The addictive nature of media and screen time is not foreign, and many agree that it should come with limits.
Barna’s newest report, Gen Z: Volume 2, claims that three-in-five 13 to 21-year-olds (60%) acknowledge the need for less screentime.
According to The Christian Post, Barna’s survey collected data from 1,503 13 to 21-year-olds over one month between June 15 and July 17, 2020. The sample reports a margin of error of ±2.53.
Over half (53%) of respondents said that they feel guilty about the amount of time they spend in front of a screen. Another quarter of recipients said that they spend “just the right amount of time on screens.” At the same time, an additional 13% claim that the amount of screentime does not matter.
The report also details some of the immediate effects that too much screen time has on young adults. Over half (53%) said that increased screentime encourages them to “procrastinate doing homework or other things,” and 54% said they feel like it is a waste of time. Moreover, precisely half attribute distractions to technology and 36% accused screentime of feeling less productive.
Norris also noted several myths about screen time parents tend to buy into regarding their children’s smartphones.
Emily Cherkin of Seattle, Washington, understands the struggle. Cherkin spent 12 years teaching seventh graders and now works as a coach and activist, counseling parents on appropriate developmental boundaries for smartphones.
Cherkin reported, “6 Myths and Truths About Kids and Screens”:
Myth: “My kid can make good choices about screentime. I trust my kid.” Truth: It is our job to set limits.
Myth: “Everyone else has a phone.” Truth: No, they don’t.
Myth: “I watched TV and played video games when I was a kid. I turned out fine.” Truth: It’s pretty different today.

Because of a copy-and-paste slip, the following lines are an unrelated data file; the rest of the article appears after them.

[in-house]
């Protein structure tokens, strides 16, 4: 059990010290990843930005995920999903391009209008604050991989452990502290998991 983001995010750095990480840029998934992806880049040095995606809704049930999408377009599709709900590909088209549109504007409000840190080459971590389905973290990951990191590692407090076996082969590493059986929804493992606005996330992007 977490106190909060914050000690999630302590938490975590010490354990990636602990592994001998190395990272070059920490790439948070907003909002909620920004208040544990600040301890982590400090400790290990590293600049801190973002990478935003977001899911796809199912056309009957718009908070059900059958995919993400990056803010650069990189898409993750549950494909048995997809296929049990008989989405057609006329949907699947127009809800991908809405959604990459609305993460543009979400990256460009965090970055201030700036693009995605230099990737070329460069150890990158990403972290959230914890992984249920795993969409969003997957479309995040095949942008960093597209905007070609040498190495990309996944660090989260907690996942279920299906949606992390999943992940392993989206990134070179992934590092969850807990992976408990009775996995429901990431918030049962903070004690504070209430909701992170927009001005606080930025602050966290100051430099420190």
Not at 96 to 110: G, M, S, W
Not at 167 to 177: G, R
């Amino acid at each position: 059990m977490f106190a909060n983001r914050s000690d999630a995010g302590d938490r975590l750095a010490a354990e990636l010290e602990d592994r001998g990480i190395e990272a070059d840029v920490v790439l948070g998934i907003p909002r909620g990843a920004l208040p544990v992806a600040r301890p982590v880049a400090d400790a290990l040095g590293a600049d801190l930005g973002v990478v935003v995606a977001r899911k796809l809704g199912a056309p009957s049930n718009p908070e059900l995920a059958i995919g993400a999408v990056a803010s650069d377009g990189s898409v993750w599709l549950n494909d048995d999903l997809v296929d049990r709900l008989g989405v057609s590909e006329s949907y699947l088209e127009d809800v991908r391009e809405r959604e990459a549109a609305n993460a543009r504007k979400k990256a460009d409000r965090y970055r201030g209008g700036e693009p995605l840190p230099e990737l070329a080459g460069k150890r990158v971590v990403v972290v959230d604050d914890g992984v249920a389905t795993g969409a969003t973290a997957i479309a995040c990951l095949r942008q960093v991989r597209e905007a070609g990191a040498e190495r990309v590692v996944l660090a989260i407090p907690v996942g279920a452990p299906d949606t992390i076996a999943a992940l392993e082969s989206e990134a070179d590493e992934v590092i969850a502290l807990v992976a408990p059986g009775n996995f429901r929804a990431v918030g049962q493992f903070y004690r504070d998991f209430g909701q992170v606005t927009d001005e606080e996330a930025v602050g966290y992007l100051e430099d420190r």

Myth: “This is a kid problem. They’re addicted!” Truth: Adults need to model tech health.
Myth: “Parental controls keep my kid safe. That’s all I need.” Truth: Be the mentor, not just the monitor.
Myth: “My kid needs tech now to be prepared for the future.” Truth: Messy play warps brains. Tech can come later.
“What really troubles me is that we are giving [our kids] devices and products and apps that are designed to be addictive to children,” Cherkin says, referring to whistleblower accounts of algorithms devised to maximize user attention. “And then we’re expecting them to self-regulate and getting upset when they do stupid things. Middle school was a safe place, for the most part, for kids to screw up and learn how not to do it again the next time. We’ve just taken away the safety net of messing up without being blasted or shamed across a digital platform.”
Norris said that parents must fight to protect their children from online addiction and its adverse side effects.
“As parents, I think one thing we all can agree on is this: Part of loving and raising our children is regulating their access to opportunities and situations until they are developmentally ready to show good judgment and self-control,” Norris writes. “But we also need to protect them from those who prey upon them, and too few parents realize just how proliferating the online predators have become.”
“We crave (are addicted to?) media approval,” he adds. “Each social media moment is another scene in our’ incessant autobiography.’ We live our lives by headlines and popularity. Our attention drifts from things that matter most in this life toward the latest headlines and gossip.”
Norris said that online consumption also distracts us from our Creator.
“We lose track of and waste time and our lives. The wonder of people, plants and nature – even God himself – gets lost in the whirl of ‘urgent’ notifications,” he writes.
The Barna Group and the Impact 360 Institute released a new report that shows teens who spend more time reading the Bible have better screentime discernment.
Barna Group President David Kinnaman claims that on average, teenagers spend over 5 hours on their smartphones. Furthermore, young adults spend over six hours per day.
“We’re all, as human beings, in this experiment of what it’s going to be like for us to be in a digital environment to be raised in a world that I call ‘Digital Babylon,’ where so many of the controlling factors are different than they would have been in the past,” Kinnaman said.
However, Kinnaman also explained how the Barna report also showed that a commitment to reading Scripture, church, and faith “are more discerning when it comes to their devices,”
“There’s this really interesting interconnection between being a resilient disciple and also how you use your screentime,” Kinnaman said. “They have a more positive outlook and greater mental and emotional health.”